Motorcyclist Magazine, 1912-2019

This was a great job.  Much of the time.

This was a great job. Much of the time.

Back in 2011, while driving from Kansas City to the Indy show I ruminated on the state of motorcycle publishing, and proposed a strategy for Cycle World’s survival. (Remember the Indy show? When the motorcycle industry was actually healthy?)

That essay was brought to mind again as Bonnier recently announced that Motorcyclist Magazine was about to print its last issue. Bonnier timed the announcement at the beginning of a holiday weekend, presumably in hopes it would go unnoticed, but the eagle-eyed Lance Oliver posted it to Common Tread.

So Bonnier’s vaunted experiment with making the magazine a keepsake failed.

If you want to read the entire strategy I laid out in my 2011 Bikewriter post, it’s here. It pretty much is the strategy Bonnier attempted to follow, although they never committed to it, by devoting resources and raising the publication’s IQ.

I concluded that long essay by writing...

The sheer physicality of the magazine is why it's expensive and time consuming to produce, and why ad page rates have to be set so high. That's the one problem the 'net will never have; that's where they've got you beat.

You have to make that your advantage.

You have to turn the magazine into something so thick, so glossy, so beautiful that when a reader picks it up, she thinks, “Wow, no web site can do this for me.” The magazine – the physical object of it – has to be so beautiful that no one would ever throw it out. Those rolls of web press paper, the size of Sprinter vans, that were a warehousing problem last month need to be turned into objects of pride and joy for readers. You need to deliver something to their door every month that they will never, ever throw out. This is the key to extracting far more subscription revenue, and commanding premium ad dollars for placements brand managers know set their message in a flattering context, and one where the message will be seen over and over, indefinitely.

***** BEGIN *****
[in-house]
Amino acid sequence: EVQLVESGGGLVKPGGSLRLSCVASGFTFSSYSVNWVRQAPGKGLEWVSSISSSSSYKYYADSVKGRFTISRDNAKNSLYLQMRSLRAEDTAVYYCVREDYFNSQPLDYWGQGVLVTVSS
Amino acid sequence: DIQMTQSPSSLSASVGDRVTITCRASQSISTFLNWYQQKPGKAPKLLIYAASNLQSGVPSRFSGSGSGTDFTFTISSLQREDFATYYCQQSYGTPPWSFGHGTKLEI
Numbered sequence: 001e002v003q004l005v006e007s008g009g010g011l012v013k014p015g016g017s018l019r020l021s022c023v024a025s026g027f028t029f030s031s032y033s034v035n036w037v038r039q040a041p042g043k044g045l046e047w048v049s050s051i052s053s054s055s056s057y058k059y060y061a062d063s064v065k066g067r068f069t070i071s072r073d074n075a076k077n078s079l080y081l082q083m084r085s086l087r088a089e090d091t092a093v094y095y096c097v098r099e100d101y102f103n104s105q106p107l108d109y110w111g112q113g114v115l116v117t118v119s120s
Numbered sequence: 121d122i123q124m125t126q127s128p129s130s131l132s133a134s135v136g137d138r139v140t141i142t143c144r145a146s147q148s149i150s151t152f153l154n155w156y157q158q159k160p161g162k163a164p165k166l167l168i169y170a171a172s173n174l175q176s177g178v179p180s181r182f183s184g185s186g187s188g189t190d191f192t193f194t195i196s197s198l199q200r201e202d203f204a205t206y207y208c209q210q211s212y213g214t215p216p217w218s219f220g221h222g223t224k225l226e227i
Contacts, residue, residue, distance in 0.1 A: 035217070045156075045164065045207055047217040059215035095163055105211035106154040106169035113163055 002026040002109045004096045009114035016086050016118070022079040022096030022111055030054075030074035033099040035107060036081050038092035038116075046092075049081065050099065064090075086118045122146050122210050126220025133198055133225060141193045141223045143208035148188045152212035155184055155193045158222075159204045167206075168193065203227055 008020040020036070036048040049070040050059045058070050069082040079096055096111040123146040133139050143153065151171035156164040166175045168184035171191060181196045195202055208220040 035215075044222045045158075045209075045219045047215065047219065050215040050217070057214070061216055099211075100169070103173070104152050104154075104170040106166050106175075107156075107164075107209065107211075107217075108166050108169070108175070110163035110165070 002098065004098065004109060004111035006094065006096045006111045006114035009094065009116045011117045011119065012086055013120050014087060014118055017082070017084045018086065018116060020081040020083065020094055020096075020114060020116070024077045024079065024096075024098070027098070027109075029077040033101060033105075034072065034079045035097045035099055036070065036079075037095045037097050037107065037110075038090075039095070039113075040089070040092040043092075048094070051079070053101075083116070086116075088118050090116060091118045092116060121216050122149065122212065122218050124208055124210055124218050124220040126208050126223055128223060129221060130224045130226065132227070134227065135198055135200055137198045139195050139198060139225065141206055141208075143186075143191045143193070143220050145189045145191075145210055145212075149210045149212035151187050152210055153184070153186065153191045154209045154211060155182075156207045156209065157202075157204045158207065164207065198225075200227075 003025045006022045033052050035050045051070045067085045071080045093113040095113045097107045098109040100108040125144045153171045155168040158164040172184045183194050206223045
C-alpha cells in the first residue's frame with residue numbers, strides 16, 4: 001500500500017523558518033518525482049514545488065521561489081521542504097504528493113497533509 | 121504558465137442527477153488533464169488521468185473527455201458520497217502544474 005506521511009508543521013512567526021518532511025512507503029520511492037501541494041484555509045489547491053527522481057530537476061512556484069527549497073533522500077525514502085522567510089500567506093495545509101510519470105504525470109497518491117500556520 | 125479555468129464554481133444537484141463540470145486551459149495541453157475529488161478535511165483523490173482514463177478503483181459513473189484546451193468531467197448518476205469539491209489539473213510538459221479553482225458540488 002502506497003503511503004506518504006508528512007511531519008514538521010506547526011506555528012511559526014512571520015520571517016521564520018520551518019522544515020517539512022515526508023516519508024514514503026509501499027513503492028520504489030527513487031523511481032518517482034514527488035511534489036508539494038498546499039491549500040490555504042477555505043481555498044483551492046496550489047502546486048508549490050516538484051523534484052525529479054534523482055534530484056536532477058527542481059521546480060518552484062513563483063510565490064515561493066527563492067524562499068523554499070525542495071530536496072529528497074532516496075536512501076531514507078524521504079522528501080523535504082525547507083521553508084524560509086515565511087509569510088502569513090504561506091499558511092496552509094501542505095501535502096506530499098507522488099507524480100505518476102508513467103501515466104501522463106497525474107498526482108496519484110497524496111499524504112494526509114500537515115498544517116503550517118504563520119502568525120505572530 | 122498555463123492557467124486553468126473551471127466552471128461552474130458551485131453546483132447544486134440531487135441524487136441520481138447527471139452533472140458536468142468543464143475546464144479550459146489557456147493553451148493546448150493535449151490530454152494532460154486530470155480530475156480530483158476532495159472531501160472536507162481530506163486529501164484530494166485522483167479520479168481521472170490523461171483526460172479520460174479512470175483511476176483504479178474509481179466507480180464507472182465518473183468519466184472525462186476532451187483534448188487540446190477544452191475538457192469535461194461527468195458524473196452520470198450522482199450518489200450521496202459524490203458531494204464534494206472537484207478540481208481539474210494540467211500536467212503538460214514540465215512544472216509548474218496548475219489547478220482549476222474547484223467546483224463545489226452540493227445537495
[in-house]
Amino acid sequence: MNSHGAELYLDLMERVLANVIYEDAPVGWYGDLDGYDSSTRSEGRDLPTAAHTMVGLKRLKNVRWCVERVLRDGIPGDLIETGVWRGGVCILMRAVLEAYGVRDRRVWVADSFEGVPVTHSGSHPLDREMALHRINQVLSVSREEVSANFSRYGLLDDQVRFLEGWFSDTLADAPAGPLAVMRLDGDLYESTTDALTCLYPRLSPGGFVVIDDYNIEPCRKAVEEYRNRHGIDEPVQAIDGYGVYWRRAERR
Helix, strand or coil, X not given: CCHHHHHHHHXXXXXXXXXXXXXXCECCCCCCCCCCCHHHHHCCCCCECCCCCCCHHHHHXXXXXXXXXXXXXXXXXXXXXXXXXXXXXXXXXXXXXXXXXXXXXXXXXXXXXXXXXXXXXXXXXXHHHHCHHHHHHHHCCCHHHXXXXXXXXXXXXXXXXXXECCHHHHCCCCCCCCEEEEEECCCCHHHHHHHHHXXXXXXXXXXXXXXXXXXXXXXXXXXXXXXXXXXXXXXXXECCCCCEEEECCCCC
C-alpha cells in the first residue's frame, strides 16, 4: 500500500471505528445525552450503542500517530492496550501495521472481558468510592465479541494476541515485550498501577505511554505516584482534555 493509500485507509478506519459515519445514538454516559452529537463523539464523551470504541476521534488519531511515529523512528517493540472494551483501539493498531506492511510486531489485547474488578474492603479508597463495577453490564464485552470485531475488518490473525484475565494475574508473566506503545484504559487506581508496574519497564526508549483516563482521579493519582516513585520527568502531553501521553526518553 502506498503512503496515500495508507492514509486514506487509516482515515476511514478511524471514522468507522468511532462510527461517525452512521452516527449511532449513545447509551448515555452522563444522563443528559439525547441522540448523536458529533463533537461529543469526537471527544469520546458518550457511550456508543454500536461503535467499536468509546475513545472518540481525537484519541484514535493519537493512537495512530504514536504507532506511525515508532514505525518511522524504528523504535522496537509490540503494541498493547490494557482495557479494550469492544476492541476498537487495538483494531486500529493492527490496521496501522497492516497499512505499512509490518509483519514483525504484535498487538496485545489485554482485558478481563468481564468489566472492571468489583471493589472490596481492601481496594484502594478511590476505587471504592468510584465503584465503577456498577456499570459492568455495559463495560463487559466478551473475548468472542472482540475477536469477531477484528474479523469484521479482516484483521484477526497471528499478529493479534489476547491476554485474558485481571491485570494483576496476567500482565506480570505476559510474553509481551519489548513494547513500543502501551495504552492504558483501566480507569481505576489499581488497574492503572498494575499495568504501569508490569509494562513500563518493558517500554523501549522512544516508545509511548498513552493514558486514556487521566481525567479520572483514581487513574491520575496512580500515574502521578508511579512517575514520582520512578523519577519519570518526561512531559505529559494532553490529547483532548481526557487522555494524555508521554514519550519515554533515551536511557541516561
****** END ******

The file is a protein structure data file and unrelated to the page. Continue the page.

I think of this as the 'Surfers Journal' model. As a motorcyclist and a surfer, I was always irritated that surfers have a far better magazine than anything available to (North American) motorcyclists. Having spent plenty of time sitting on my board in the lineup, I know that the average surfer is no more literate than the average rider. And there are certainly not any more surfers than there are riders. And yet year in and year out, Surfers Journal produces a beautiful, well-written and erudite magazine supported by a handful of devoted premium advertisers who've been in it for years. It's primarily funded by subscribers – who pay a large multiple of the average motorcycle magazine subscription. (You can renew a motorcycle sub for about the mailing cost these days. 

I can't overstress the importance of the magazine as a physical object, if it's to complement the web site as part of a coherent strategy. Having been in the business a while, I can flip through a magazine and gauge its health in 15 seconds. I look at the number of photos supplied by manufacturers instead of shot on assignment. I look at the ratio of staff-written stuff to stuff supplied by expensive freelancers. And at the quality of the ads themselves. Ordinary readers do it too, albeit subconsciously.

Back when I worked at Motorcyclist, the magazine contributed nicely to the owners' bottom line, but newsstand sales and subscriptions were already stagnating. The owners wanted more ad revenue. One day, I flipped through a 'first bound' copy and was aghast to find a full page ad for penis enlargement. “What the hell is this?” I demanded, showing it to Mitch Boehm.